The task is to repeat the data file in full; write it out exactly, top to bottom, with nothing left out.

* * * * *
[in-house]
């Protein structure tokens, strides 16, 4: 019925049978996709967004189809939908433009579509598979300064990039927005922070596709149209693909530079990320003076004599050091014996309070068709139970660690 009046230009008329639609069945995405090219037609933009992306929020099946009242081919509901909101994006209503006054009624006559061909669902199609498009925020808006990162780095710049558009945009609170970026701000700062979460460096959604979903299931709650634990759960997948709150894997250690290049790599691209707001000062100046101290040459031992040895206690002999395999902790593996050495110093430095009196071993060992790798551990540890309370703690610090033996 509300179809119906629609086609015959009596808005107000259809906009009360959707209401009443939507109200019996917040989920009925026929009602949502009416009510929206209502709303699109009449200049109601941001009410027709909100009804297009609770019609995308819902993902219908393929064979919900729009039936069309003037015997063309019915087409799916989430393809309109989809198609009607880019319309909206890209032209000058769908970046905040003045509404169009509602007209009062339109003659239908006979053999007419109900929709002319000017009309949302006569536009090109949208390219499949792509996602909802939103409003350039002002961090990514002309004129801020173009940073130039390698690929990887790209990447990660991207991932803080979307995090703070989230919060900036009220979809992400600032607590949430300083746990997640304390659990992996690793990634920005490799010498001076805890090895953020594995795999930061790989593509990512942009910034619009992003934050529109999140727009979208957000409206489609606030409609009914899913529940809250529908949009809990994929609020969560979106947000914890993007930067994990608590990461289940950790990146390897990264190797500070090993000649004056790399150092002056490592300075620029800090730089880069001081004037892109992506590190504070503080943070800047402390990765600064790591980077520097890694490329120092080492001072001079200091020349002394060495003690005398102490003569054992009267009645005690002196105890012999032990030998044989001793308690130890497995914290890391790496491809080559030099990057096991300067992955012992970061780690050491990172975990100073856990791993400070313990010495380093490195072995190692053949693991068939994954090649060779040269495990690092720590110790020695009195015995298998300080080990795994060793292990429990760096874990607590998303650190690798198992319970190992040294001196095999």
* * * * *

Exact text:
[in-house]
């Protein structure tokens, strides 16, 4: 019925049978996709967004189809939908433009579509598979300064990039927005922070596709149209693909530079990320003076004599050091014996309070068709139970660690 009046230009008329639609069945995405090219037609933009992306929020099946009242081919509901909101994006209503006054009624006559061909669902199609498009925020808006990162780095710049558009945009609170970026701000700062979460460096959604979903299931709650634990759960997948709150894997250690290049790599691209707001000062100046101290040459031992040895206690002999395999902790593996050495110093430095009196071993060992790798551990540890309370703690610090033996 509300179809119906629609086609015959009596808005107000259809906009009360959707209401009443939507109200019996917040989920009925026929009602949502009416009510929206209502709303699109009449200049109601941001009410027709909100009804297009609770019609995308819902993902219908393929064979919900729009039936069309003037015997063309019915087409799916989430393809309109989809198609009607880019319309909206890209032209000058769908970046905040003045509404169009509602007209009062339109003659239908006979053999007419109900929709002319000017009309949302006569536009090109949208390219499949792509996602909802939103409003350039002002961090990514002309004129801020173009940073130039390698690929990887790209990447990660991207991932803080979307995090703070989230919060900036009220979809992400600032607590949430300083746990997640304390659990992996690793990634920005490799010498001076805890090895953020594995795999930061790989593509990512942009910034619009992003934050529109999140727009979208957000409206489609606030409609009914899913529940809250529908949009809990994929609020969560979106947000914890993007930067994990608590990461289940950790990146390897990264190797500070090993000649004056790399150092002056490592300075620029800090730089880069001081004037892109992506590190504070503080943070800047402390990765600064790591980077520097890694490329120092080492001072001079200091020349002394060495003690005398102490003569054992009267009645005690002196105890012999032990030998044989001793308690130890497995914290890391790496491809080559030099990057096991300067992955012992970061780690050491990172975990100073856990791993400070313990010495380093490195072995190692053949693991068939994954090649060779040269495990690092720590110790020695009195015995298998300080080990795994060793292990429990760096874990607590998303650190690798198992319970190992040294001196095999």